What Are Hot Spots On Dogs?

Doggie Wi-Fi? 🤔

dog itching butt with red spot

When you hear the word “hotspot,” you probably think of Wi-Fi and not dogs. But did you know that hot spots can also refer to a dog’s skin condition?

Hot spots are a (kind of gross) skin issue that are actually pretty common for pups.

The Dodo spoke to Dr. Chyrle Bonk, a veterinarian from Pet Keen, to find out what hot spots are and how to treat them.

What are hot spots on dogs?

Hot spots are inflamed areas on your dog’s skin. They’re a common skin condition in dogs and usually occur in the summer.

“Hot spots are officially known as acute moist dermatitis,” Dr. Bonk told The Dodo. “Both the names hot spots and acute moist dermatitis do a great job at describing what they are — an itchy, burning, oozing lesion on your dog’s skin that’s made worse by them licking and scratching it.”

What do hot spots look like on a dog?

Hot spots are kind of gross, and they look like pretty painful scrapes or patches of raw skin.

“Hot spots show up, seemingly overnight, as red, raised, wet, often hairless spots anywhere on the skin,” Dr. Bonk said. “They may ooze, bleed or have pus. Dogs will lick or scratch at them constantly. Hot spots can quickly become larger or infected if left untreated.”

They usually occur on certain areas of your dog’s skin.

“While hot spots can show themselves anywhere on your dog’s body, they’re more common on the head, feet and hind end,” Dr. Bonk said.

What causes hot spots on dogs?

Dogs get hot spots from itching or chewing an area excessively, which leads to more irritation (and sometimes even a skin infection) that they’ll keep scratching.

“The more dogs scratch, the worse the lesion gets, and the cycle continues,” Dr. Bonk said.

There can be a number of reasons for your dog’s itching in the first place that can lead to hot spots, such as:

  • Allergies
  • Fleas
  • Skin infections
  • Wet fur
  • Matted fur
  • Ear infections
  • Anxiety or boredom
  • Anal sac disease
  • Atopic dermatitis
  • Contact irritants

Certain breeds that have thicker coats or greater susceptibility to allergies are more likely to get hot spots.

“Dog breeds with thicker coats are more prone to hot spots because it is harder to get this thick hair completely dry once it gets wet,” Dr. Bonk said. “This causes moisture to get trapped against the skin, making the perfect breeding ground for bacteria to start a skin infection. Also, breeds that are prone to skin allergies are most likely to get hot spots.”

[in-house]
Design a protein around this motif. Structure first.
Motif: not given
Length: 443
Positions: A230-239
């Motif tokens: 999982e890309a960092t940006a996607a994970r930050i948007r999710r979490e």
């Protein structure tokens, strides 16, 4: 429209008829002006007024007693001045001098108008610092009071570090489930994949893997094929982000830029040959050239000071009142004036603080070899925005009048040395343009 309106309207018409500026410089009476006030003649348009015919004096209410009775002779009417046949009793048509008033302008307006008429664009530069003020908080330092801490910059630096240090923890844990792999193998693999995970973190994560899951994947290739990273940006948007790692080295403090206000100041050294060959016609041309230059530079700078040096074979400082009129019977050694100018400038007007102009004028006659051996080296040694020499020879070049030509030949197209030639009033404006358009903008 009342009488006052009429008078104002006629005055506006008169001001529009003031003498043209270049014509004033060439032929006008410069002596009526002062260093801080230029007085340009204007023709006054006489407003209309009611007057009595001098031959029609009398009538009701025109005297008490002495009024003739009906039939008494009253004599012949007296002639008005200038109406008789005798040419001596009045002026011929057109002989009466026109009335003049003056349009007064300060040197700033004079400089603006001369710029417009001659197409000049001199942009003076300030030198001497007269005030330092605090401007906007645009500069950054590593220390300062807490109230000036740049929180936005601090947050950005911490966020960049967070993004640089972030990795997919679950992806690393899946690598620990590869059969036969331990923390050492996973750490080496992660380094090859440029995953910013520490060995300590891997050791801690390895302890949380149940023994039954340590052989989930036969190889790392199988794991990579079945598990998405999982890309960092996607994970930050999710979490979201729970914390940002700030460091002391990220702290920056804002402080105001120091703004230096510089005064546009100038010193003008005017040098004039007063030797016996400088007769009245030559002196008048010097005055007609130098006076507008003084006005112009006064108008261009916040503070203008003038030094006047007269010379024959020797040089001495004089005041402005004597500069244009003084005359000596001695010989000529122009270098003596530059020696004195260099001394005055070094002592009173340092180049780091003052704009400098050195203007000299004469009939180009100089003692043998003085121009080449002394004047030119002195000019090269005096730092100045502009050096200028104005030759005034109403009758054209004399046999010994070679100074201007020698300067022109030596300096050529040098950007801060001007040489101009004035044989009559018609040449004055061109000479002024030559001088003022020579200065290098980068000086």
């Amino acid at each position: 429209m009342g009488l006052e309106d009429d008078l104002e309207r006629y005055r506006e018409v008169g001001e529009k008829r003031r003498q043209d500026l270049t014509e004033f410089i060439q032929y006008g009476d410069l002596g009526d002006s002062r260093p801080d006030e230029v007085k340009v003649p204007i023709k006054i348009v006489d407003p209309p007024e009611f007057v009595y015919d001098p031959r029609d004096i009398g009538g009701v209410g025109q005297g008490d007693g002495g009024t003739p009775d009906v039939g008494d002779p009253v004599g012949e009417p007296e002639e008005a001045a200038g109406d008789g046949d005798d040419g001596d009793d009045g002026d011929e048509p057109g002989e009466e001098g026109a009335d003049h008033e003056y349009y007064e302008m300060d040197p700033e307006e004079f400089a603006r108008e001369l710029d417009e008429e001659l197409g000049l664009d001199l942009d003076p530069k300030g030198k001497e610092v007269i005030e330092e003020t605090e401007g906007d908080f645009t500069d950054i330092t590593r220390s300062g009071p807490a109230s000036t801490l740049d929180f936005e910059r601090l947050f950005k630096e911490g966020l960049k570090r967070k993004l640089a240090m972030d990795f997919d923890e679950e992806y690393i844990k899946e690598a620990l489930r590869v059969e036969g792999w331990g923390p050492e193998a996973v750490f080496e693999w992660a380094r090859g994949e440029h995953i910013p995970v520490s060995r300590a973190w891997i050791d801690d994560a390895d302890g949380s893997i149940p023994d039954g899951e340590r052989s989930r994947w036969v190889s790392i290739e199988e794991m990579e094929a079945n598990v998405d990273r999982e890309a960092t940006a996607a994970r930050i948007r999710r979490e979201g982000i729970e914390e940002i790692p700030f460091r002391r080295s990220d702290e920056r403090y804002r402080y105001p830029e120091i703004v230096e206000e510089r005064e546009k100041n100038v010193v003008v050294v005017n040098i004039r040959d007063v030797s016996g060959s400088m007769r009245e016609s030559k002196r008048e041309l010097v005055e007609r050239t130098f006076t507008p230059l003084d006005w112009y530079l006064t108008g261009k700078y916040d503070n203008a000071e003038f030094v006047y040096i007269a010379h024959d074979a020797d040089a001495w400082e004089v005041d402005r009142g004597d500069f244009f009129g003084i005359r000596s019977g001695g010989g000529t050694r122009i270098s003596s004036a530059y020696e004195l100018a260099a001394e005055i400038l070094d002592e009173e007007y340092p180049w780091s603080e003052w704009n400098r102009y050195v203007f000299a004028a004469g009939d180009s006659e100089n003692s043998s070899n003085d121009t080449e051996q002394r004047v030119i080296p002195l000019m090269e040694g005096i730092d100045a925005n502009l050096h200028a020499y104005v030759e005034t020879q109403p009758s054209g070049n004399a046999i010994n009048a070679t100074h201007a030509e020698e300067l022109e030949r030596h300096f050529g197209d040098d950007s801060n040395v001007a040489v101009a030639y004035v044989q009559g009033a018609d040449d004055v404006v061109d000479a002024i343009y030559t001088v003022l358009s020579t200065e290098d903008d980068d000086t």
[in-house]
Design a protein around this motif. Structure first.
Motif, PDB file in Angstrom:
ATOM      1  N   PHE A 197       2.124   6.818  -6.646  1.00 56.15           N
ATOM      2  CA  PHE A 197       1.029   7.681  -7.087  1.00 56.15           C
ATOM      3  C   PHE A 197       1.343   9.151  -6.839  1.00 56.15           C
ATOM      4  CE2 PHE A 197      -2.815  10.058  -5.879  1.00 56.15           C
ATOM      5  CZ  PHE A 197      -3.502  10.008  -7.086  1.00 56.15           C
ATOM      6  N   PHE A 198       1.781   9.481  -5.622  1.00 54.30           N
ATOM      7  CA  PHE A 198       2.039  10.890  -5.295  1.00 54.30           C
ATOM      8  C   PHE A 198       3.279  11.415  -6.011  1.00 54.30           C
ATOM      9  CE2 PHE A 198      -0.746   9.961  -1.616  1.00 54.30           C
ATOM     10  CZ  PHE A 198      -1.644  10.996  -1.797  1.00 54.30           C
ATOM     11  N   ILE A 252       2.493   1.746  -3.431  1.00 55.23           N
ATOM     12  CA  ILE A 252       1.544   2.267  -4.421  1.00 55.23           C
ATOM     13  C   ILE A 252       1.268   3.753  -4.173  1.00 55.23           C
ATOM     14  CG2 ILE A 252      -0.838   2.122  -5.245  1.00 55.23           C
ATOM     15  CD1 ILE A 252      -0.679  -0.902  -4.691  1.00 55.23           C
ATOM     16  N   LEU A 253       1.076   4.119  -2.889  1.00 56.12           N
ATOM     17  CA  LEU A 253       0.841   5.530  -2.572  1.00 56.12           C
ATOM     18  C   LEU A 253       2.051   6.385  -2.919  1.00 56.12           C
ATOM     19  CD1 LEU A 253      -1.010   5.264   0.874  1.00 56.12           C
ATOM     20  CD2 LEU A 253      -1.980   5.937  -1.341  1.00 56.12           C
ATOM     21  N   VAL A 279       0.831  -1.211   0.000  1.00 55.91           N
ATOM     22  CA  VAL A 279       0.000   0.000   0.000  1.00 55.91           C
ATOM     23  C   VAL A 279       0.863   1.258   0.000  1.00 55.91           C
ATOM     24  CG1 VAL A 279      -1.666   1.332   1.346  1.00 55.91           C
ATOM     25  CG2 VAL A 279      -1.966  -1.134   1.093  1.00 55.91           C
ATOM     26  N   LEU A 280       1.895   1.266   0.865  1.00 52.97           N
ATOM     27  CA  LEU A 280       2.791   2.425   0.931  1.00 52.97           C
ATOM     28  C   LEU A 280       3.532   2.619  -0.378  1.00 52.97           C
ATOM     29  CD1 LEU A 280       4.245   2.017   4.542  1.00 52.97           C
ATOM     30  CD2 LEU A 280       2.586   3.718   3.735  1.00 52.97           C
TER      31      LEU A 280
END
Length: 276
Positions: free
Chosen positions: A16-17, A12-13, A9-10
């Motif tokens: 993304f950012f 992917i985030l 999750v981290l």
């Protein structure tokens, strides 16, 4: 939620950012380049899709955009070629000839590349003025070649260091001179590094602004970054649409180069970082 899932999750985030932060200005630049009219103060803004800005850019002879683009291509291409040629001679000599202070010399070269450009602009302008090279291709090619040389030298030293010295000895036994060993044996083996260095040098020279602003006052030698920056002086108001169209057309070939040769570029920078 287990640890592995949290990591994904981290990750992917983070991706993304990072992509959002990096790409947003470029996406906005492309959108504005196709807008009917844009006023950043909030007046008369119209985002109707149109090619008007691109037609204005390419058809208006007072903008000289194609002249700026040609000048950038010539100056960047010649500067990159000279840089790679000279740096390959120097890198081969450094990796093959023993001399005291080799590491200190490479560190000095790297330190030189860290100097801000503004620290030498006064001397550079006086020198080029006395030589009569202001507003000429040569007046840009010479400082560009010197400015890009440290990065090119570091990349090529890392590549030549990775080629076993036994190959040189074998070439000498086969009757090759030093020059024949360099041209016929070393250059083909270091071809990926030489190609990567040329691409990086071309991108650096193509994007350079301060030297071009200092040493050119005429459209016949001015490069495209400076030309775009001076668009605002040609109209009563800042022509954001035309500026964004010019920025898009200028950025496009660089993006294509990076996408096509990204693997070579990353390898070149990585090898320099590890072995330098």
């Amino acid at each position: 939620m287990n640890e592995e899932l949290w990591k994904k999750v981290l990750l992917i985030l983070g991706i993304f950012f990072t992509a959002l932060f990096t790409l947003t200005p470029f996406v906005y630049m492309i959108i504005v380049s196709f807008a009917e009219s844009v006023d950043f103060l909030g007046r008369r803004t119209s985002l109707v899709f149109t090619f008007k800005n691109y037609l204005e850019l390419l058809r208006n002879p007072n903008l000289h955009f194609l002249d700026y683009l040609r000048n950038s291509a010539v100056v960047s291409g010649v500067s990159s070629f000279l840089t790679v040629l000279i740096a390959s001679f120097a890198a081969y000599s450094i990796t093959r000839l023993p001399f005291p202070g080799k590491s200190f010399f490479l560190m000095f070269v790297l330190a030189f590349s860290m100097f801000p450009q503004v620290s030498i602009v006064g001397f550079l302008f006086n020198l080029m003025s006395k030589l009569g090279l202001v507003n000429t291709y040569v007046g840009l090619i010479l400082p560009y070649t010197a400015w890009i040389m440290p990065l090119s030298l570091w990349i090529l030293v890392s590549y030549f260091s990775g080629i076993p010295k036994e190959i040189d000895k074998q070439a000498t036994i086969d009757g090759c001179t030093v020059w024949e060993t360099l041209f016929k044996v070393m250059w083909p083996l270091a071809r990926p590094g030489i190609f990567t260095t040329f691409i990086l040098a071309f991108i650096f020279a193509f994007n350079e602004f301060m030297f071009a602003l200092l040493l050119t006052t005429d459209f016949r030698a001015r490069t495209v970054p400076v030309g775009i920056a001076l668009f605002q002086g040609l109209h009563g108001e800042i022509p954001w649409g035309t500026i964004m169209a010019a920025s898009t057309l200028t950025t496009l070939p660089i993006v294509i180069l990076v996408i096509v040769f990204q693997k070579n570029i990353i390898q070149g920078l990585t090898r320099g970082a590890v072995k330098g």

While any dog can get hot spots, some breeds that are more susceptible to them are Labrador retrievers, German shepherds, Saint Bernards, golden retrievers and rottweilers, Dr. Bonk said.

If your dog spends a lot of time in the water, he could also be at greater risk since wet fur is a great environment for bacteria to grow and cause an infection.

“This makes water-loving dogs a higher risk as well since they’re more likely to swim or play in the water and stay wet,” Dr. Bonk said.

Hot spots are also more likely to occur in the summer because of the hot weather and humidity.

How to treat hot spots on dogs

Hot spots don’t go away on their own, so if your dog gets them, you’ll need to take him to the vet.

The hot spot itself will need to be treated, and your vet will have to determine the underlying cause to prevent more hot spots in the future.

“The main goal in treatment is to break the itching-licking cycle,” Dr. Bonk said. “This may require a physical blockade, like an e-collar or bandage and a medication to stop the itch.”

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Your vet will examine your pup to determine what the cause of the itching is and decide on a treatment from there.

Treatment for hot spots can include:

  • Trimming the fur around the hot spot — “They will trim the hair around the hot spot to allow for air circulation to help dry the wound,” Dr. Bonk said.
  • Cleaning the hot spot with an antiseptic solution
  • Prescribing medication to prevent infection — “They may prescribe a steroid ointment or spray that will reduce inflammation and an antibiotic to treat any infection,” Dr. Bonk said.
  • Prescribing treatment for the underlying cause, such as flea, allergy or anxiety medications

If the cause for your dog’s itching isn’t treated, the hot spots can come back, so it’s important to treat the hot spot and the cause of your dog’s itchy skin.

“Hot spots may recur if the underlying cause isn’t treated,” Dr. Bonk said. “They can also recur if dogs continue to swim or play in the water without getting completely dry in between.”

Hot spots usually clear up pretty quickly once you begin treatment — typically within a few days to a week.

How to prevent hot spots on dogs

The best way to prevent hot spots is to figure out and treat the cause.

“The best prevention is to find out what is causing your dog’s hot spots and treat that the best you can,” Dr. Bonk said. “If that can’t be done, make sure your dog gets dry every time they get wet, make sure they don’t have fleas and try to catch any spots as soon as possible.”

Here are some ways to prevent your pup from developing hot spots:

  • Keep your dog up to date on his flea prevention.
  • Treat any allergies your dog may have.
  • Treat skin infections.
  • Thoroughly dry your dog after swimming or washing him.
  • Keep your dog entertained so he doesn’t get bored. Try an interactive toy like this one that earned The Dodo’s Paw of Approval. You can get it from Amazon for $17.49.
  • Treat your dog’s anxiety.

So hot spots aren’t just for Wi-Fi. Hot spots on dogs are an itchy skin issue, and if your dog gets them, you should take him to the vet for treatment and to figure out why your pup is itching.

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